The key to the whole operation for the Detroit Lions in 2013 will be the play of their two lines.
On offense, the quarterback is in place and the weapons are assembled on the outside. The only thing left to question is how three new faces upfront will allow the offensive line to click.
"That's kind of where everything starts," he said. "If you miss one block the play doesn't go."
On the other side of the football, everything the Lions do on defense starts with the four guys upfront.
"The other day, Tully (LB
"We had a run-play-action drill, I said 'Tully what's wrong,' he said 'I can't get my reads, Nick (Fairley) and (Ndamukong) Suh are screwing up every play that they run. I couldn't get any reads, they're knocking the crap out of everybody.' I was laughing because I saw it from the sideline."
Combined, the Lions defensive linemen recorded 62.5 negative defensive plays at the line of scrimmage (sacks and tackles for losses on rushing plays) in 2012, third in the NFL among defensive line units last year.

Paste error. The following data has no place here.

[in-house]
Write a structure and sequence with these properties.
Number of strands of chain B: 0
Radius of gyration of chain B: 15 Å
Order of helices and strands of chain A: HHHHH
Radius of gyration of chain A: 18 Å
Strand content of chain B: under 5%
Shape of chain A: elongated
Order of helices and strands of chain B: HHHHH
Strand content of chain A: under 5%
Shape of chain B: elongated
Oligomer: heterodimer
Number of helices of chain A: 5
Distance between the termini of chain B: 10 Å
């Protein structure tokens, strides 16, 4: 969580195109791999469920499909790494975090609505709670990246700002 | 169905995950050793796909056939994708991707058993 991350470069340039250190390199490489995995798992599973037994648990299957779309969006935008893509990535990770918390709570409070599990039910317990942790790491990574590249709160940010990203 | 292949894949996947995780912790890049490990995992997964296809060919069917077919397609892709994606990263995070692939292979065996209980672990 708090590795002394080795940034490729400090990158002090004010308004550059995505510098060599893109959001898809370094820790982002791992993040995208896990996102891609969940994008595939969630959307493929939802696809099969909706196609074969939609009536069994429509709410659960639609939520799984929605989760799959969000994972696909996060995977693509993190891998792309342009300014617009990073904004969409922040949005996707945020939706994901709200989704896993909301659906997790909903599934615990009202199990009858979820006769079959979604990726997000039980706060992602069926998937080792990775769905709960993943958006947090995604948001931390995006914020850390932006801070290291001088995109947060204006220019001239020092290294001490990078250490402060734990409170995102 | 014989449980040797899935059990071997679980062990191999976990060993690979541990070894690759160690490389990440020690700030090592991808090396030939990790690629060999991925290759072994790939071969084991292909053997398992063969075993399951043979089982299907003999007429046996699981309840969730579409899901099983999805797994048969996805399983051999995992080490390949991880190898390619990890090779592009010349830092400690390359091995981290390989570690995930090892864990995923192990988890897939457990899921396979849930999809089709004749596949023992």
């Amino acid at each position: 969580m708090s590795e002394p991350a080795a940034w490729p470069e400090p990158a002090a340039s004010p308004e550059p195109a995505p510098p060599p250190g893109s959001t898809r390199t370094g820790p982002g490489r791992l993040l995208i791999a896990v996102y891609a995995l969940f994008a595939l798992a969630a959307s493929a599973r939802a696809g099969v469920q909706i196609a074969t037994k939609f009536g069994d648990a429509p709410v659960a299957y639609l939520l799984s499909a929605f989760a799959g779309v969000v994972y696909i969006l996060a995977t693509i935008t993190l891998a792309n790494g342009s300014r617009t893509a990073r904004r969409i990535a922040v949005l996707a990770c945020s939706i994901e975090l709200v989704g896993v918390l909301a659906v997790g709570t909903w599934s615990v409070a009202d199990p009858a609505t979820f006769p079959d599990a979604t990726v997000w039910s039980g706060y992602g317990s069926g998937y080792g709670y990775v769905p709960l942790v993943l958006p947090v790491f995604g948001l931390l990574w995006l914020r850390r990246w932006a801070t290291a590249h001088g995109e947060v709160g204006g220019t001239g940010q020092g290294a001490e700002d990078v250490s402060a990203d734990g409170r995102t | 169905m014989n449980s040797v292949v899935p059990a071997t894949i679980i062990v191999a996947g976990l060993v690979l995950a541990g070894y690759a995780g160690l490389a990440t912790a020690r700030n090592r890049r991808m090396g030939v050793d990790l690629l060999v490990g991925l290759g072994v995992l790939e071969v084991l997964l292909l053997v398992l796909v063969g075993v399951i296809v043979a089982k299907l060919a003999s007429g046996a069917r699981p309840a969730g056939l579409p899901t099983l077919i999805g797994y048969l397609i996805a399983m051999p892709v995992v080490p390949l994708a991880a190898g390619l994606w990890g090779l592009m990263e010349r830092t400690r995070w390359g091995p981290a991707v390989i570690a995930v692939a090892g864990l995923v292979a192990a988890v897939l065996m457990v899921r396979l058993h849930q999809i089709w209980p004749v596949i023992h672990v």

The line also generated 31 sacks, which was seventh in the NFL among defensive lines.
The linebackers play off the defensive line in this scheme. How good the secondary can be will go hand-in-hand with how quickly those players can get to the quarterback.
"I think as our team goes, those two lines go," Suh said. "I just think that's the way it is. I think we understand it. Both groups understand it. I know Dom (Raiola) preaches that. I understand that and preach the same thing. So we need to push each other in camp and through these practices.
"Beat your friend up, pick him up and push him ahead and let's start it all over again."
Maybe that's why pass rushing drills and padded practices have been so spirited through camp between the two groups. Both lines know what they mean in the grand scheme of things.